**Topic**

Given the equation \(a{x^2} + bx + c = 0\).

a) Consider the proposition “If \(a + b + c = 0\) then the equation \(a{x^2} + bx + c = 0\) has a solution equal to 1”. Is this statement true or false?

b) State the converse of the above proposition. Is the reverse statement true or false?

c) State the necessary input conditions for the equation \(a{x^2} + bx + c = 0\) to have a solution equal to 1.

**Solution method – See details**

The inverse of \(P \Rightarrow Q\) is \(Q \Rightarrow P\).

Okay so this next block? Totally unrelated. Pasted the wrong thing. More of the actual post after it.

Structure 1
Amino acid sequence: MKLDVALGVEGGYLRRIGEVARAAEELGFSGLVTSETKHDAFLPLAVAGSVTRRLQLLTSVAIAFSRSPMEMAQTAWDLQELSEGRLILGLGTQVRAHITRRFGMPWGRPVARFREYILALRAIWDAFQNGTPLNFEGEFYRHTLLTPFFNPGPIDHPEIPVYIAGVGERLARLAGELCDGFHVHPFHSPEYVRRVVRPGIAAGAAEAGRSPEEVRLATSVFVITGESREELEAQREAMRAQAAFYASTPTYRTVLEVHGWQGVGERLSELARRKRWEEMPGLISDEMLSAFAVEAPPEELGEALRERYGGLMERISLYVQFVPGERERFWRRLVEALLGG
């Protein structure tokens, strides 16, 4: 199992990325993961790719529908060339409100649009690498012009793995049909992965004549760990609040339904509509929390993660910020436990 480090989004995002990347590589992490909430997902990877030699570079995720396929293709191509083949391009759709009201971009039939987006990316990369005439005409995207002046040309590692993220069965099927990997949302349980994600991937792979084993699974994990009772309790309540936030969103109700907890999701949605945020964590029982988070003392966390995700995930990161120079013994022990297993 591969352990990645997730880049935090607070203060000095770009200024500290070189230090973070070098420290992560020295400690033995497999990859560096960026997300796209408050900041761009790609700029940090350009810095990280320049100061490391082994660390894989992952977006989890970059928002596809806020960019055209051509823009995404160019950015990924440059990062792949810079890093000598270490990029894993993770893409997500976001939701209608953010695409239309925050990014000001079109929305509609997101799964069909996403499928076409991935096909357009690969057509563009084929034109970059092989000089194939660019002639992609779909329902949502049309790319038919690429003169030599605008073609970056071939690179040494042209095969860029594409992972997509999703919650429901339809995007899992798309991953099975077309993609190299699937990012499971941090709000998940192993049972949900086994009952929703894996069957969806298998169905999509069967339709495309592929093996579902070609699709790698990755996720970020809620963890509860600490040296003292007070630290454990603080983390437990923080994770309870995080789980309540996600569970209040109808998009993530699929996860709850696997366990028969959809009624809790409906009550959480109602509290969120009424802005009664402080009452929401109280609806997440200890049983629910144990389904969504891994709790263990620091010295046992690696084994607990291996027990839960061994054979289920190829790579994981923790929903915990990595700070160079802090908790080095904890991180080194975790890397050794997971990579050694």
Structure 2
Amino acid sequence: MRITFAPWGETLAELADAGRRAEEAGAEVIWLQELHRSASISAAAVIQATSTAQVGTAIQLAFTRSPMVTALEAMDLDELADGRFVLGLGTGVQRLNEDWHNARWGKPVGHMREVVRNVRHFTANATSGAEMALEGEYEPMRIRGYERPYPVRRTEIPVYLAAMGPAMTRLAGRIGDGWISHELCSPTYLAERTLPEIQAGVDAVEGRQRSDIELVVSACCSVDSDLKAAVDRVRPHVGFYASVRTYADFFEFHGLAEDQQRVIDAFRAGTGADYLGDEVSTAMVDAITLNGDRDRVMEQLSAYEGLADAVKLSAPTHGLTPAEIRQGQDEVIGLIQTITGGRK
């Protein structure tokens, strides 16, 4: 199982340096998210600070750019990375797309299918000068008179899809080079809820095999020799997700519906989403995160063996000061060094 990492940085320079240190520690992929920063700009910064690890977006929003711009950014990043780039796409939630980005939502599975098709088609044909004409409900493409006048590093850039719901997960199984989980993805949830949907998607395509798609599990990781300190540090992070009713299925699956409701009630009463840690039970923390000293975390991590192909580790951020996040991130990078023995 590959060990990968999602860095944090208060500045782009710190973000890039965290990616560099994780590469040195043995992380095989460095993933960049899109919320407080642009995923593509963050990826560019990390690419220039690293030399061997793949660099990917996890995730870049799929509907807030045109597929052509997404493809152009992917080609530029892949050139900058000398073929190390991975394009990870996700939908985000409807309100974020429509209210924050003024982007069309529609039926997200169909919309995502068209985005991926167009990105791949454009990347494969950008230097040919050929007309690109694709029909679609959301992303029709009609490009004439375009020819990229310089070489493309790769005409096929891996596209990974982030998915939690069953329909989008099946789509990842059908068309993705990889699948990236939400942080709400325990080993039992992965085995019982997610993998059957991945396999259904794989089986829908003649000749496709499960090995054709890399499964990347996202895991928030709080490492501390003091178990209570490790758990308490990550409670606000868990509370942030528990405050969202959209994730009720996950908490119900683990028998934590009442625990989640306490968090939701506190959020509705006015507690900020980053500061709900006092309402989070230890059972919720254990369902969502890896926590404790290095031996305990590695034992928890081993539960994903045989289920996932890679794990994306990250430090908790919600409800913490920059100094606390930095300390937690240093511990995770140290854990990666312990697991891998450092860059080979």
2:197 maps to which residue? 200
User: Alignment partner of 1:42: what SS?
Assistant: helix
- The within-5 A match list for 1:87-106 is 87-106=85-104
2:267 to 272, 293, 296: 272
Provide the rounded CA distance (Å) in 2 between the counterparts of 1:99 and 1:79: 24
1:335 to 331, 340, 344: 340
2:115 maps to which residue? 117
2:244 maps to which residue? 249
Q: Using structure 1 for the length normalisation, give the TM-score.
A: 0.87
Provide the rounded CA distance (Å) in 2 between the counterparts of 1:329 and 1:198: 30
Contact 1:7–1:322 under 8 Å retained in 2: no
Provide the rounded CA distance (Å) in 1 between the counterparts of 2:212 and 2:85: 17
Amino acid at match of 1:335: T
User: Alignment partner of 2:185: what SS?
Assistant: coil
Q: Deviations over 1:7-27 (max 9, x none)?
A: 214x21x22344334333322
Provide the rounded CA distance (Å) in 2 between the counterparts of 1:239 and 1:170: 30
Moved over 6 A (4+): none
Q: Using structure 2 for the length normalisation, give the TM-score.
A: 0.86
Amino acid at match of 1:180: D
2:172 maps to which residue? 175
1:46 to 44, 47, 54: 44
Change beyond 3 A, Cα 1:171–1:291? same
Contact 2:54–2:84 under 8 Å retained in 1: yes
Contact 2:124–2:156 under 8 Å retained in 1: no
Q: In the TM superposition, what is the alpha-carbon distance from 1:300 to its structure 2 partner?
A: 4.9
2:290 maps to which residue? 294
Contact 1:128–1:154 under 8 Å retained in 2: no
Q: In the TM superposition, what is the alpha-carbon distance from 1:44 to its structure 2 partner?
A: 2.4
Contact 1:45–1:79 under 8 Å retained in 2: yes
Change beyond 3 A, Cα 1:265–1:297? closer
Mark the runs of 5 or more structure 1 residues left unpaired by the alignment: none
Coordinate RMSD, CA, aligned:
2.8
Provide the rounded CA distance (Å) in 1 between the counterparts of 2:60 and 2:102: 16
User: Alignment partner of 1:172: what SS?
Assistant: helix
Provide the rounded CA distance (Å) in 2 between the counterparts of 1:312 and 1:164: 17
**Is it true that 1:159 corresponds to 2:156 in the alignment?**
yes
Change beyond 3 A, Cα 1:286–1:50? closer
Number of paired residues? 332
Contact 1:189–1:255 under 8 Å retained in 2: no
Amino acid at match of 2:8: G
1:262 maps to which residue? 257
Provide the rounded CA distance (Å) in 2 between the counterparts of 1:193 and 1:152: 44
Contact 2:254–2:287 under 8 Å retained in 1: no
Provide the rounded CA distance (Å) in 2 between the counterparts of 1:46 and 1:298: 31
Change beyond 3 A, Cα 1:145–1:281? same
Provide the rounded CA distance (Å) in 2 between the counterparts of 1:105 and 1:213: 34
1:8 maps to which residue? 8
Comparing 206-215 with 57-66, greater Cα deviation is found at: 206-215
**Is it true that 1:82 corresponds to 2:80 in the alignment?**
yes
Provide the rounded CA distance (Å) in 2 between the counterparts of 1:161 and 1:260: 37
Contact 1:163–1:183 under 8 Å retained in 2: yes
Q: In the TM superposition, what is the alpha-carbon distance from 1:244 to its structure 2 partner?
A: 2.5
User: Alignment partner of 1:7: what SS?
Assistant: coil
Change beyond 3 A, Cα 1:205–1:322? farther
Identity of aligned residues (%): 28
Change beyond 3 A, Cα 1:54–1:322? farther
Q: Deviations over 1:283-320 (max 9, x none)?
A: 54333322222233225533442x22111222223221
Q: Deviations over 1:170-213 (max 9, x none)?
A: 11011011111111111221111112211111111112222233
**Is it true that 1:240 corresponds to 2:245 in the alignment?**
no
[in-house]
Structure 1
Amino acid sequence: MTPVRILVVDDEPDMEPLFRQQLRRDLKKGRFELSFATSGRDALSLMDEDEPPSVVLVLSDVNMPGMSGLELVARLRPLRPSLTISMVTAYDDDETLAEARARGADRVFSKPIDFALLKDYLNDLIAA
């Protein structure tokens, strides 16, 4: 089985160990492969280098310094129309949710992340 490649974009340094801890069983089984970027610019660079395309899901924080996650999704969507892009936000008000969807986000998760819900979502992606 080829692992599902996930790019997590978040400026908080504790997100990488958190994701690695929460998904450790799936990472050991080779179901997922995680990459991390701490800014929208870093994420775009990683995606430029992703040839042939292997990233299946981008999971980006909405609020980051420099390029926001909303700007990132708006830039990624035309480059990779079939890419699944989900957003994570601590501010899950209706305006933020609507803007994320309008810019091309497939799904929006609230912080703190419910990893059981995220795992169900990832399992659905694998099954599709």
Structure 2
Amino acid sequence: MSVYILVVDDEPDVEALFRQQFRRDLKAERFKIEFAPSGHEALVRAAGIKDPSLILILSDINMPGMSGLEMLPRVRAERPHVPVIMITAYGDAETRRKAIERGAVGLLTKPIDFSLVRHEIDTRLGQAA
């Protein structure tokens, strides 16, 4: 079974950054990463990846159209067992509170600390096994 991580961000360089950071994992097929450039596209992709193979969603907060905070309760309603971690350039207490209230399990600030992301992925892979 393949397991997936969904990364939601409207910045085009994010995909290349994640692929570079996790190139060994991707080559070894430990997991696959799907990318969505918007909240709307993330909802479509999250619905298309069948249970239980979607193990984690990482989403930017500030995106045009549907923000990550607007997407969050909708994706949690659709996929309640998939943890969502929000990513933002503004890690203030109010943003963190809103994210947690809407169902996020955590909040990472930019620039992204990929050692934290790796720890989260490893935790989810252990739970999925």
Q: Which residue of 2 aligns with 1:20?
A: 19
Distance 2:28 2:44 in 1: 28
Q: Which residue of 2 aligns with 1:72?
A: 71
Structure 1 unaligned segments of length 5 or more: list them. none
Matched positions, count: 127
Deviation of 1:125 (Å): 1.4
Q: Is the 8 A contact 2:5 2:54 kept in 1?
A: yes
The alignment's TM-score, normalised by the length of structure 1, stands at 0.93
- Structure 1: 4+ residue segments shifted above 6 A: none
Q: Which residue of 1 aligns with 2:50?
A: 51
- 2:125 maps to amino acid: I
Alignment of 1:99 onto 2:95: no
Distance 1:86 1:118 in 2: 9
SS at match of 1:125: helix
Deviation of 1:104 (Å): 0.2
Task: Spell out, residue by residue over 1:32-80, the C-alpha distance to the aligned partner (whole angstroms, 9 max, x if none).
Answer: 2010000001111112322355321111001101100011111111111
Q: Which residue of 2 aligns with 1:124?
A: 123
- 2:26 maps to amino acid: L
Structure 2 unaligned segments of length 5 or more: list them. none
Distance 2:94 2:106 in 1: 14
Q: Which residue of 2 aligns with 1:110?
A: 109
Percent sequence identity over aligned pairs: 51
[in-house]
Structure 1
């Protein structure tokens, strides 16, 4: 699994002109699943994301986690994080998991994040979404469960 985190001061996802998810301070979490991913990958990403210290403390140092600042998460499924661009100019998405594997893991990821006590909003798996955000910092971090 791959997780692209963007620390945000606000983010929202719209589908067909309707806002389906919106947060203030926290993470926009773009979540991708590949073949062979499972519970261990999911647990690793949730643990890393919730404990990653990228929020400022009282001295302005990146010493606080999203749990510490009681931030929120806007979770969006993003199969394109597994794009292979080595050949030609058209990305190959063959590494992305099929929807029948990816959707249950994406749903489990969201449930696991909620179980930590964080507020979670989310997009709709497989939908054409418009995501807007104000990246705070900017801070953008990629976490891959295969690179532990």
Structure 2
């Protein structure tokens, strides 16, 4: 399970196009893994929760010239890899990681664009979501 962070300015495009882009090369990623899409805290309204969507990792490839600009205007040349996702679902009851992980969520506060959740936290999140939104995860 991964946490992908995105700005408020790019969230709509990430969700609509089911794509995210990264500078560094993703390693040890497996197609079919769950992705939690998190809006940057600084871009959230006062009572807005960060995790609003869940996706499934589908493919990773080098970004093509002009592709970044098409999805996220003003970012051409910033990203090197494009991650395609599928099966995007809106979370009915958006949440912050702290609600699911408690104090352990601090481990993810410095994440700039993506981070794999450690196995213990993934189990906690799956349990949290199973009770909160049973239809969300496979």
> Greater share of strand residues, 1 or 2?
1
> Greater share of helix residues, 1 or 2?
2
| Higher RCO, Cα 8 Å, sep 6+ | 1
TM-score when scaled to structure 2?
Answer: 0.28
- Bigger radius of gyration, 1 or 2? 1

If \(P \Rightarrow Q\) and \(Q \Rightarrow P\) are both true, then we have the equivalent statement \(P \Leftrightarrow Q\), which can be stated in the form: “The input condition is sufficient to have P is Q”

**Detailed explanation**

a) This statement is true.

\(a + b + c = 0\) or \(a{.1^2} + b.1 + c = 0\), so \(x = 1\) is the solution of the equation \(a{ x^2} + bx + c = 0\).

b) Inverse proposition: “If the equation \(a{x^2} + bx + c = 0\) has a solution equal to 1, then \(a + b + c = 0\)”.

This inverse proposition is correct.

c) The input condition is sufficient for the equation \(a{x^2} + bx + c = 0\) to have a solution equal to 1, which is \(a + b + c = 0\).